At season’s start, the Minnesota Intercollegiate Athletic Association men’s hockey race was pegged to be a toss-up. So far, that prognostication has proven astute as very little real estate separates leader No. 15 St. Thomas and the rest of the pack.
Preseason favorite Hamline is a point out of first place. So, too, is No. 6 Gustavus Adolphus, which has a better overall record (9-3-1) than the Tommies (8-5) and Pipers (6-3-1).
While the New Year brings typically brings vows to lose weight or quit smoking, here are a few resolutions MIAC teams might consider to gain a second-half edge.
The Tommies possess a balanced scoring attack, which has been fueled by senior Andrew Kappers’ team-leading 2 goals and 14 assists for 16 goals. The team’s upbeat outlook has largely hinged on freshman goalie Geoff Sadjadi’s rapid development. Sometimes, Sadjadi (5-5, 2.96 goal-against average, .894 save-percentage) finds himself beseiged, facing 36 shots in the Tommies’ 5-4 OT loss to Milwaukee School of Engineering Dec. 11. getting deluged with 21 shots in the first period before being replaced in a 5-3 setback to Gustavus on Dec. 3. Resolution: Build a fortress around Sadjadi and cut down on the opposition’s caloric intake, in the form of shots, in front of the Tommies’ goal.
Remarkably, the Pipers (6-3-1, 3-0-1) remain within striking distance of first place despite possessing a tepid power play (53rd out of 77 D-III, 7 of 43 for 16.3 percent). In two of the three losses, the lack of execution in man-advantage situations proved costly in losses to Wisconsin-Stevens Points (1 of 7) Nov. 6 and Adrian (1 of 8) Nov. 27. The puzzling aspect of the feeble power-play output is that the team possesses two gunners in two-time All-American Chris Berenguer (5-5-10) and Brian Arrigoni (5-5-10). Berenguer has a team-leading three man-advantage markers while overall leading scorer Danny Vranek (5-7-12) has two. Resolution: Put the power-play unit on a protein-enriched diet to add some punch.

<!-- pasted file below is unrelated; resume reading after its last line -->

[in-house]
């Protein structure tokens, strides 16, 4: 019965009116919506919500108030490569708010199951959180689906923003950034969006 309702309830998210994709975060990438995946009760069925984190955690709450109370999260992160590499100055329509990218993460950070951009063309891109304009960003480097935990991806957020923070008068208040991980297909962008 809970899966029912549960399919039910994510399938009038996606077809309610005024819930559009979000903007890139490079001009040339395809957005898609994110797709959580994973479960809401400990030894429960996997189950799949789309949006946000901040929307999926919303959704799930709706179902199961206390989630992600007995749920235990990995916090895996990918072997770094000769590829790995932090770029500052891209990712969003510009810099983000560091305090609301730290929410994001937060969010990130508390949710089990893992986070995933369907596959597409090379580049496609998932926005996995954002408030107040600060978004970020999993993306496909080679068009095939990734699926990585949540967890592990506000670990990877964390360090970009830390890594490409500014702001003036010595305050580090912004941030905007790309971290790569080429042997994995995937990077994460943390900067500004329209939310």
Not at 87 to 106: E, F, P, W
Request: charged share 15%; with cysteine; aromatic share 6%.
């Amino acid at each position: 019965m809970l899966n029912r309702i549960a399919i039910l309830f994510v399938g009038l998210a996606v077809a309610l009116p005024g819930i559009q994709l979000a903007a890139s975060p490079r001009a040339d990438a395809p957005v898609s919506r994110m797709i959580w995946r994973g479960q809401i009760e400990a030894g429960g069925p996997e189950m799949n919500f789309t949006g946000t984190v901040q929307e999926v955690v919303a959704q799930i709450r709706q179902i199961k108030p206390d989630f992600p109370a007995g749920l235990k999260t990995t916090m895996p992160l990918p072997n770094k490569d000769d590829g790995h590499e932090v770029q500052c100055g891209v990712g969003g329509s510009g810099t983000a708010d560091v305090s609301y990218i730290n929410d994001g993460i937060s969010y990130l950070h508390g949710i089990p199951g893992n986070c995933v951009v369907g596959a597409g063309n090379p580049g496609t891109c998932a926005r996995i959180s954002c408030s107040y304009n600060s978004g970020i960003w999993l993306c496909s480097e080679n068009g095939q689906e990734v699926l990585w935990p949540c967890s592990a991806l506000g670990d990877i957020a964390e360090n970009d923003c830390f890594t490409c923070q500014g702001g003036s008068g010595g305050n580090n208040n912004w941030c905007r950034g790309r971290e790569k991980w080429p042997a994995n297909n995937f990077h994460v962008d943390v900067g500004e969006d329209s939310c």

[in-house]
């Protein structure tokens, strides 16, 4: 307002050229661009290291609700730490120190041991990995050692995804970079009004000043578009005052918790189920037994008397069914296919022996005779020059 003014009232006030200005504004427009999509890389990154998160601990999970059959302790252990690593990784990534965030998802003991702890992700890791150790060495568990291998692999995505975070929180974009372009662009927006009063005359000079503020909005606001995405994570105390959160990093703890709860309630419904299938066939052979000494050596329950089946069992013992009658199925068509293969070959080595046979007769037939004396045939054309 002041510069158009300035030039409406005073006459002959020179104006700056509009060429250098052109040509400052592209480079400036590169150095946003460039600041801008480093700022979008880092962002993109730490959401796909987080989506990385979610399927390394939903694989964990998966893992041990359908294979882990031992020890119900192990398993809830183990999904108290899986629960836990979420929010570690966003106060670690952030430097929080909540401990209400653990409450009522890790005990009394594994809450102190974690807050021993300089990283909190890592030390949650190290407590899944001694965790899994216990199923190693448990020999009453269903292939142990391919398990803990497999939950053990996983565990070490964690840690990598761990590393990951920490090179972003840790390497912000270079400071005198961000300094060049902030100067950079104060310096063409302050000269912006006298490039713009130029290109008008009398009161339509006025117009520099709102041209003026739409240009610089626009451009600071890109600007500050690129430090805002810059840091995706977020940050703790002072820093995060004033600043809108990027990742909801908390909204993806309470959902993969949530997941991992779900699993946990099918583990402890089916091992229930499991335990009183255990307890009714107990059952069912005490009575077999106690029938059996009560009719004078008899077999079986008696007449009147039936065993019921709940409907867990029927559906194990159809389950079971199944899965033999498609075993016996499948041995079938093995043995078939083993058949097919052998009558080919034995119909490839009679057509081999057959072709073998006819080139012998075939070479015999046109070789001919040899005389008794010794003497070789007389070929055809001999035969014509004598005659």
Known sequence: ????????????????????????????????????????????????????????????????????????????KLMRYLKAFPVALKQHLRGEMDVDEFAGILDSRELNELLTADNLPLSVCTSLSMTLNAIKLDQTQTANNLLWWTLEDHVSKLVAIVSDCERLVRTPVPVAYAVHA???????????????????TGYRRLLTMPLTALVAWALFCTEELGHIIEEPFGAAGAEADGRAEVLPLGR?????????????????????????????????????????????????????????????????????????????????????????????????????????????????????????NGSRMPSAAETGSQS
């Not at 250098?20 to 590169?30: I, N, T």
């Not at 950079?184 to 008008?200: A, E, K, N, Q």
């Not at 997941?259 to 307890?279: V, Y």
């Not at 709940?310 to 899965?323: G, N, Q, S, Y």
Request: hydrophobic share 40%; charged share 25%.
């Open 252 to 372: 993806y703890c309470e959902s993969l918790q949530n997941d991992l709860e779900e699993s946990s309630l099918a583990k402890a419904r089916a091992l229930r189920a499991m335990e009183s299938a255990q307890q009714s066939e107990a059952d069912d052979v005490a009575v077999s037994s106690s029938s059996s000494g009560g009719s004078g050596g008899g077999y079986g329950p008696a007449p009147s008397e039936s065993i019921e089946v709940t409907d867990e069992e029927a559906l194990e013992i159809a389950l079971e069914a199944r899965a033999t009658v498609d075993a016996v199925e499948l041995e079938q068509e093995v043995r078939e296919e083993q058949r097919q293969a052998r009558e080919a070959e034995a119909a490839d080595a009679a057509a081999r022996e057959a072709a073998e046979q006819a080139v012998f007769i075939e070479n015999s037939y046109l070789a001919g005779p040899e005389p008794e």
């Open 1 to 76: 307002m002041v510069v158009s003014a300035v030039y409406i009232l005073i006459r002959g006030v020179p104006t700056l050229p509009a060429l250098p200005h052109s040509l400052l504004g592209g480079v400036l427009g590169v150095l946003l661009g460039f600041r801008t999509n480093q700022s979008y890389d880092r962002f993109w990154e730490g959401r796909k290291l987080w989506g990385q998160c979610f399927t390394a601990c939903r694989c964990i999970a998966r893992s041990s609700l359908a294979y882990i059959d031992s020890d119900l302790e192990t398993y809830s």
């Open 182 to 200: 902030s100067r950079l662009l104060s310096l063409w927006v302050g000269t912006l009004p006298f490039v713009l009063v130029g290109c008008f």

Freshmen Gustav Bengston (6-6-12) and Adam Smyth (4-8-12) have emerged as two of the team’s leading scorers while the leadership of senior left wing Brad Wieck (2-10-12) and forward Ross Ring-Jarvi (4-7-11) has put the No. 6 Gusties on a path to post-season prosperity. The goaltending has also been solid with senior Josh Swartout (5-3-1, 2.64 GAA, .905 save-pct.). The Gusties’ only blemish was a 2-1 overtime to St. Thomas Dec. 4. After surrendering the tying goal with less than a minute left, Ring-Jarvi was whistled for tripping 21 seconds into OT, which enabled the Tommies’ Travis Baker to grab the game-winner. Resolution: Steer clear of the penalty box, especially in overtime.
The Royals (3-8-2, 2-3-2) overcame a rough start where they dropped five of their first six contests to remain in the playoff hunt. The meat of the MIAC schedule remains with Hamline (Jan. 14-15), Saint Mary’s (Jan. 21-22), St. Olaf (Jan. 28-29) and St. Thomas (Feb. 11-12) on tap in the New Year. Scoring is not an issue. Sophomore Jack Paul (12-7-19) leads a cadre of snipers who fattened their numbers with a 10-1 rout over nonconference Northland Dec. 11 to close out the year. Bethel needs shore up defensively (outscored 49-46) and beef up its penalty kill (68 of 85 for 80 percent). Resolution: Rally around sophomore goalie Zac Bush (2-6-2, 3.76 GAA, .887 save-pct.), who has struggled and could use more defensive support.